I was shocked to read Charlotte Allen's recent display of religious bigotry and stereotyping in your paper. Ms. Allen's essay is something that one would expect to find in the "Bible Belt" towns of Shreveport and Bossier City, Louisiana where I live.
But her bigotry wasn't something that I would expect in a major daily newspaper in California.
Instead of criticizing ideas connected to atheism, free-thinking, and naturalistic philosophy, Ms. Allen simply goes to the cheap stereotype ("crashing bores," "atheist victimology," etc).
Imagine if she had done this sort of stereotyping with any other group -- let's say Christians, Jews, Moslems, women, homosexuals, etc. Would the LA Times print unfounded smears about these groups like they did about atheists?
Atheists and other free-thinkers may sound angry but their anger is justified. Given the role that religion (as it is actually practiced and not as it's taught in seminary) has in promoting injustice, ignorance, hatred, war, and terrorism, we can't afford to be unquestioning about religious ideas anymore. Religion is too influential and has the power to hurt too many people to go unquestioned.
For example, Proposition 8 in your state was heavily supported by religious people -- the exit polling showed a strong correlation between church attendance and voting yes on 8. However, atheists and non-religious people didn't support treating some Californians as second-class citizens.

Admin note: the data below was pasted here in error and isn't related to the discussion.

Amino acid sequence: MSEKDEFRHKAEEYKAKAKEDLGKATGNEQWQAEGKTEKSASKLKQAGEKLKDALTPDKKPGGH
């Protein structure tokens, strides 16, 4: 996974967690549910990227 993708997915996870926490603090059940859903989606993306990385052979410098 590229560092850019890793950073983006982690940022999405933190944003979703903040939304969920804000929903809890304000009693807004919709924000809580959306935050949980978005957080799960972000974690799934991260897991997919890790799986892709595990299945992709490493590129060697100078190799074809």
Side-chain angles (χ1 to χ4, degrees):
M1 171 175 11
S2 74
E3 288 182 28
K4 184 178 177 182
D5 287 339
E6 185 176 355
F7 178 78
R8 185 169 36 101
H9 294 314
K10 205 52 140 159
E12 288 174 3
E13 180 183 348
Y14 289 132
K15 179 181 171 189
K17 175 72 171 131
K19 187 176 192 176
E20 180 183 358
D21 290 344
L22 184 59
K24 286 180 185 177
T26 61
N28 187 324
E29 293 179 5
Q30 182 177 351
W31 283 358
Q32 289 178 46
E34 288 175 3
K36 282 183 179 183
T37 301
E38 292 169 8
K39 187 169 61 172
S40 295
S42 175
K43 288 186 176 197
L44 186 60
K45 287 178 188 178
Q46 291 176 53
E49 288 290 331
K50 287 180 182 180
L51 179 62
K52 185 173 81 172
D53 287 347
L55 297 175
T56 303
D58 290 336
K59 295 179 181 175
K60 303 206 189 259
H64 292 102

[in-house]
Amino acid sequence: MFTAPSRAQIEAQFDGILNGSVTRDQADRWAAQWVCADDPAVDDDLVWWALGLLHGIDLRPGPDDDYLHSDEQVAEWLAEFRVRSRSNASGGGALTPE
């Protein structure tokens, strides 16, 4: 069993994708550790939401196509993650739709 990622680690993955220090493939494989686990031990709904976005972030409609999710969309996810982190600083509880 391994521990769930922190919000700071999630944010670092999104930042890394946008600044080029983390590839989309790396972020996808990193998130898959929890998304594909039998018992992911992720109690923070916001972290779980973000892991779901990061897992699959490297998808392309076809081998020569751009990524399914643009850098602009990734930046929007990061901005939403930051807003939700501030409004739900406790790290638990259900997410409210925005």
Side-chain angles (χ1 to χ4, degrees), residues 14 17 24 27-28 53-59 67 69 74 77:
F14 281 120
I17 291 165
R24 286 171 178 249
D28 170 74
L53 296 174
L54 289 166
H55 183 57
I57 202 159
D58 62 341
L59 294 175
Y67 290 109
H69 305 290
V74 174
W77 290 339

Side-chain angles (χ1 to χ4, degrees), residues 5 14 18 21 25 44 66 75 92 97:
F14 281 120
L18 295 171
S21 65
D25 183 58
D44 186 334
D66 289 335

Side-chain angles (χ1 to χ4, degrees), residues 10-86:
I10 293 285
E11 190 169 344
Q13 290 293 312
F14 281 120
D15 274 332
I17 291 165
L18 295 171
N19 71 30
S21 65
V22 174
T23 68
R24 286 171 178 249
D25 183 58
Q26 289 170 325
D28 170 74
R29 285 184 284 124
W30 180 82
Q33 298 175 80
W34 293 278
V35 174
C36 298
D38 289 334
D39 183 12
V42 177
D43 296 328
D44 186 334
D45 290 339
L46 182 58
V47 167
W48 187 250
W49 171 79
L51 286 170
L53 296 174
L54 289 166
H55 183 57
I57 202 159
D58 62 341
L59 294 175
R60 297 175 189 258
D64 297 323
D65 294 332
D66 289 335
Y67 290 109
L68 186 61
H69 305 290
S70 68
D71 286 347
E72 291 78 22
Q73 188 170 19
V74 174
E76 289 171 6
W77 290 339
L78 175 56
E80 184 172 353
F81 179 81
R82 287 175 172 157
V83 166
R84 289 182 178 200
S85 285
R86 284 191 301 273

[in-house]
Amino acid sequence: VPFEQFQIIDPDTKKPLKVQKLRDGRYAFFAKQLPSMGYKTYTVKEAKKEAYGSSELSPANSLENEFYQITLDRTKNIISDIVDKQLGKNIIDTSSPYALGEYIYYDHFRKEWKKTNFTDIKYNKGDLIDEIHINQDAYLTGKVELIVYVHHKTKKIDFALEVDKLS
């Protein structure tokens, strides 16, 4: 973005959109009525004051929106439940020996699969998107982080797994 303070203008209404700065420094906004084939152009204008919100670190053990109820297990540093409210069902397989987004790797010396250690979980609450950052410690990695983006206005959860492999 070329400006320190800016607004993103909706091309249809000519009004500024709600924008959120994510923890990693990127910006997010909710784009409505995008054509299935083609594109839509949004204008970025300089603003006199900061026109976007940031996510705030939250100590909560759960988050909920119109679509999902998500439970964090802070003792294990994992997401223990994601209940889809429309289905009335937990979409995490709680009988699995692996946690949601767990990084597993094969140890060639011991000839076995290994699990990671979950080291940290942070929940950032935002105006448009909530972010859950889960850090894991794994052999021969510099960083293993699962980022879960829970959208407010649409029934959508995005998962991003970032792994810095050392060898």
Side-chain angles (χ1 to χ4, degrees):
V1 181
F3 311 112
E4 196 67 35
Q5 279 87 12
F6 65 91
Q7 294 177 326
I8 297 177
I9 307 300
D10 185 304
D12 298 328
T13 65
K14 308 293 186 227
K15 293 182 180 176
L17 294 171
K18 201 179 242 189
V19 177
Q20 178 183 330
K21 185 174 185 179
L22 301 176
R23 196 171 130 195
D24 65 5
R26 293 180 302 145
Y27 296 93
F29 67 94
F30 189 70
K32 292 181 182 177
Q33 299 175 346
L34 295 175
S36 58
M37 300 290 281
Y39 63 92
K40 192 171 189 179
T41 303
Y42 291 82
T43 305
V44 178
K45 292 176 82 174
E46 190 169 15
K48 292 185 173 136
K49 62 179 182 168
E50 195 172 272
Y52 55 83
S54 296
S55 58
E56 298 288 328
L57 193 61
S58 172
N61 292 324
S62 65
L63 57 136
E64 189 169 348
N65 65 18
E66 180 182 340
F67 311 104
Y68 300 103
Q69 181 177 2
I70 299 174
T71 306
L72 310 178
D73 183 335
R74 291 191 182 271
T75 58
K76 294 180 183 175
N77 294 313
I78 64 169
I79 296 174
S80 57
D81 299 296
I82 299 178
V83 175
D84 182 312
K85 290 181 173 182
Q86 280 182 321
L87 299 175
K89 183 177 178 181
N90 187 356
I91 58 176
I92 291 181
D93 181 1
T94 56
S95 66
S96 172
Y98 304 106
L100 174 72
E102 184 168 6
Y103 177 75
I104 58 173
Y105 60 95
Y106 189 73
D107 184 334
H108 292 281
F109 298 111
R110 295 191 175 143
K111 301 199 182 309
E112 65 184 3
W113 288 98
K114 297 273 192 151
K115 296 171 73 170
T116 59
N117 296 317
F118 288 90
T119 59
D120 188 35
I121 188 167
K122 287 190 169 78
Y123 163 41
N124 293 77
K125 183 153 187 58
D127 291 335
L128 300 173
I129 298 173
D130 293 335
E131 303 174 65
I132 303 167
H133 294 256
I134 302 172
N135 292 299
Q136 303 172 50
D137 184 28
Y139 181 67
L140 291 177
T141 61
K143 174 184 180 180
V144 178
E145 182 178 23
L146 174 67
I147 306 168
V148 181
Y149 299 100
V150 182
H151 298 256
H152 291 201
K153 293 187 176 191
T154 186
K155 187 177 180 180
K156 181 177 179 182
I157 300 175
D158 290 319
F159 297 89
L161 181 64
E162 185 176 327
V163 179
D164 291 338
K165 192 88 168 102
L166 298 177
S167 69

With Charlotte Allen's column in your paper and the recent Proposition 8 vote, it appears that California isn't really that different from a "Bible Belt" state like Louisiana, Texas, or Oklahoma.
You may have better museums, restaurant choices, and entertainment options than we do. But you also appear to have the same religious prejudices that we have in the "Bible Belt." Welcome to the club.
Bossier City, Louisiana
21 May 2009
So Religious Bigotry and Stereotyping is OK if Atheists are the Target? (Response to Charlotte Allen)
Here is my response to Charlotte Allen's recent column in the Los Angeles Times ("Atheists: No God, no reason, just whining," LA Times, 17 May 2009):